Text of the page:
0 Replies | 324 Views

New Coronavirus Strain? Nope, Just Hackers Trying to Spread Malware

Jan 31, 2020 - 9:28 PM - by Reverend
Received a random file about the coronavirus? It's best to avoid opening it. Hackers are starting to exploit fears around the ongoing outbreak to infect computers with malware, according to security researchers.

The attacks have been occurring through files and emails that pretend to know something about the coronavirus, but have actually been designed to take over the victim's computer.

On Wednesday, the hackers were spotted sending out spam emails to users in Japan, warning about a new strain of coronavirus reaching the island country, according to IBM Security. The emails, which are written in Japanese, urge the recipient to open up the attached Word document to learn more.

If macros are enabled, the opened document will be able to execute a series of commands to secretly download the Emotet malware, which can steal sensitive information from your machine or deliver other dangerous payloads, such as ransomware.

"This new approach to delivering Emotet may be significantly more successful, due to the wide impact of the coronavirus and the fear of infection surrounding it," IBM Security said in the report. "We expect to see more malicious email traffic based on the coronavirus in the future, as the infection spreads. This will probably include other languages too."

On Thursday, the security firm Kaspersky Lab also reported uncovering malicious files disguised as documents about a new strain of coronavirus. To deliver the payload, the hackers were using PDFs, MP4 files and Word documents.

"The file names imply that they contain video instructions on how to protect yourself from the virus, updates on the threat and even virus detection procedures, which is not actually the case," Kaspersky Lab said. In reality, the discovered files... [Read More]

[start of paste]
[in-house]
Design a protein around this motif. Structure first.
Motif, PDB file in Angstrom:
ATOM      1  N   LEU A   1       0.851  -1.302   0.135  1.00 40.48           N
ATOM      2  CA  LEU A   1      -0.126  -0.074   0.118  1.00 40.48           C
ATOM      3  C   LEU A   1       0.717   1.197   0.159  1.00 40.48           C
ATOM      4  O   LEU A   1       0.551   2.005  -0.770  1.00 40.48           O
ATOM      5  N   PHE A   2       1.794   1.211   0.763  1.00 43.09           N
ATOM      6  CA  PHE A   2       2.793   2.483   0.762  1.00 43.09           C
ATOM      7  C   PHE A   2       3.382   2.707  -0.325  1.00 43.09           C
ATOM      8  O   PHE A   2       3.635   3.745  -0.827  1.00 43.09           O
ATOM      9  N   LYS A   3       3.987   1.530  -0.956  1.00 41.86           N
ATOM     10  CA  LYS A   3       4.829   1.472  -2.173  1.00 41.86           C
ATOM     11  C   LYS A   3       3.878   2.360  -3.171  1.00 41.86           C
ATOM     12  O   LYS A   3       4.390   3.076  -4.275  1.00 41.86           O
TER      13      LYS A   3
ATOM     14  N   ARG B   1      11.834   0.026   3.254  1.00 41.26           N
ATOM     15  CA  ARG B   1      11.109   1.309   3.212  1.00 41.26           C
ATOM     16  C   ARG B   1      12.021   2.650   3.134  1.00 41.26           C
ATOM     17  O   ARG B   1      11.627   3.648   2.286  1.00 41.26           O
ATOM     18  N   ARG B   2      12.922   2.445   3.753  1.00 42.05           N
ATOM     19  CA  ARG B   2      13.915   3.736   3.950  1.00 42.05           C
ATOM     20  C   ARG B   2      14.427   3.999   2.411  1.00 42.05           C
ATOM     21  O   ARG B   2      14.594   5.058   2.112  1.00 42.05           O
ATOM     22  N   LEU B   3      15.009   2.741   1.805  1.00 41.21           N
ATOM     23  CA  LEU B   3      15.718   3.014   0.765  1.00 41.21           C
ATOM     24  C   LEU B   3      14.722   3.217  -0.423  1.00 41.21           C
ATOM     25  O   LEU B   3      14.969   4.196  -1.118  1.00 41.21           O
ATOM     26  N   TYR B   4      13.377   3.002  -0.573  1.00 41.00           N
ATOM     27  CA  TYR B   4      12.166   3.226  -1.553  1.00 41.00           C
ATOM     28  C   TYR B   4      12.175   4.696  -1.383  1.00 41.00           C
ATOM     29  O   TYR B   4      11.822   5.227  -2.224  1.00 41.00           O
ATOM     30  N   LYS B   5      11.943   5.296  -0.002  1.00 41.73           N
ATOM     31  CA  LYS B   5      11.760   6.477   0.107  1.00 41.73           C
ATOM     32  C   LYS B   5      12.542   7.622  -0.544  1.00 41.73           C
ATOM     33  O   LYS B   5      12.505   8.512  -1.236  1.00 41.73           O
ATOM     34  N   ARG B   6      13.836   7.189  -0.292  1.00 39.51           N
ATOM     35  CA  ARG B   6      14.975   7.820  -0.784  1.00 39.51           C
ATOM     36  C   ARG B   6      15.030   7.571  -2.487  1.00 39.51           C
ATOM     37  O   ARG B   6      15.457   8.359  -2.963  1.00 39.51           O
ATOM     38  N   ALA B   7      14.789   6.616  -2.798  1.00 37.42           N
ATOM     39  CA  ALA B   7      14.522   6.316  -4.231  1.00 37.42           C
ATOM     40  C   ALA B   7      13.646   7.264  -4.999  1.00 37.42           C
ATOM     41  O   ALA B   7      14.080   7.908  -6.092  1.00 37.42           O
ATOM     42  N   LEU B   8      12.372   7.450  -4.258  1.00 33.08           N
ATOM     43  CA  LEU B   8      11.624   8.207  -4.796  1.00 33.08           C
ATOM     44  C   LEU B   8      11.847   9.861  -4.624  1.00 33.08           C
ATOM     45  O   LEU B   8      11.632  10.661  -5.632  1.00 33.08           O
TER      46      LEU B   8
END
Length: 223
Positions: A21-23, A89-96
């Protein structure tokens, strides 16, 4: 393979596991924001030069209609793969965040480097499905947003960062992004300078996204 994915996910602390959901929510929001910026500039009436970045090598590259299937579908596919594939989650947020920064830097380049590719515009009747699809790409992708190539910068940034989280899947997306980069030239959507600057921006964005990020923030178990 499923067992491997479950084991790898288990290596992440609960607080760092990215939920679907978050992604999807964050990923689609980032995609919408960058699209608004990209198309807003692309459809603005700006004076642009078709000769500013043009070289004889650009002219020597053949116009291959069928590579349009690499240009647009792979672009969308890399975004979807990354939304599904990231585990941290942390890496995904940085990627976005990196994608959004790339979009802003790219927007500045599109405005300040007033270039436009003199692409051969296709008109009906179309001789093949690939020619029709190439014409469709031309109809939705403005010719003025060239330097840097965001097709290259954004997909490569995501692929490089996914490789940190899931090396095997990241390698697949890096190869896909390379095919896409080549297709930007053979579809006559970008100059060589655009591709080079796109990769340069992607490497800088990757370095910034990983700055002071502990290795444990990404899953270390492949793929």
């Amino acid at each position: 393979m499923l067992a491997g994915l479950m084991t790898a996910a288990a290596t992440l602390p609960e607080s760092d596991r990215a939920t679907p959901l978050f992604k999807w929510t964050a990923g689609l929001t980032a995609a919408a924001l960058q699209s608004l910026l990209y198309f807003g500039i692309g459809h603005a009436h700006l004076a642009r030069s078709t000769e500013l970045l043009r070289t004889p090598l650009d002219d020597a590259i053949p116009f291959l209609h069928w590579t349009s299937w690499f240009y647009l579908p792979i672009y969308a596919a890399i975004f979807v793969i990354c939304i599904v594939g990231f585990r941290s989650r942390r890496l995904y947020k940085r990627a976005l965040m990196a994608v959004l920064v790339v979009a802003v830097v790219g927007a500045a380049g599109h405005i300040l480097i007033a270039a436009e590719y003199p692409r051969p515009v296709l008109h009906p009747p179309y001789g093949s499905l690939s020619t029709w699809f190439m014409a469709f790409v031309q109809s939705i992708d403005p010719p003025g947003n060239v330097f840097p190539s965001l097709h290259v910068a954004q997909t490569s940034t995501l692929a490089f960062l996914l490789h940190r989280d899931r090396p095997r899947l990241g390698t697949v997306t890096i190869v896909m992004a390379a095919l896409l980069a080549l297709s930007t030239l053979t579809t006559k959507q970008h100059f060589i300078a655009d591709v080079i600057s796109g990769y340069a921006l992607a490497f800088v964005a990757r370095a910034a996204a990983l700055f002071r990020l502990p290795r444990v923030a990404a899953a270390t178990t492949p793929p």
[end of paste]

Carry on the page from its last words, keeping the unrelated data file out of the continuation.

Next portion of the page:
0 Replies | 829 Views

Google Translate App to Transcribe and Translate in Real-Time

Jan 29, 2020 - 9:16 PM - by Reverend
Google Translate is already an extremely useful service, but it's going to get even better later this year thanks to artificial intelligence.

As CNET reports, Google was showing off a number of its AI projects earlier this week in San Francisco. One of them is a new feature heading to the Google Translate app a few months from now which allows a conversation to be transcribed in real-time while simultaneously being translated into another language.

From a practical point of view it would allow two individuals who speak different languages to hold a conversation simply by reading what the other person says from the app on their phone. As it happens in real-time, the conversation should be able to flow normally without much of a pause. Other uses include attending a lecture in a language you don't understand, or watching a movie and generating your own subtitles through the app.

Testing is currently ongoing for multiple languages including French, German, and Spanish. When the feature does roll out to the Translate app, it will require an internet connection to work. The workload for performing real-time transcription and translation happens on Google's servers, which I'm sure your phone battery will be very happy to hear.

If it works flawlessly, then Google Translate is going to become an even more essential tool to have installed on your phone, especially when traveling.

PC Magazine
  0 Replies | 616 Views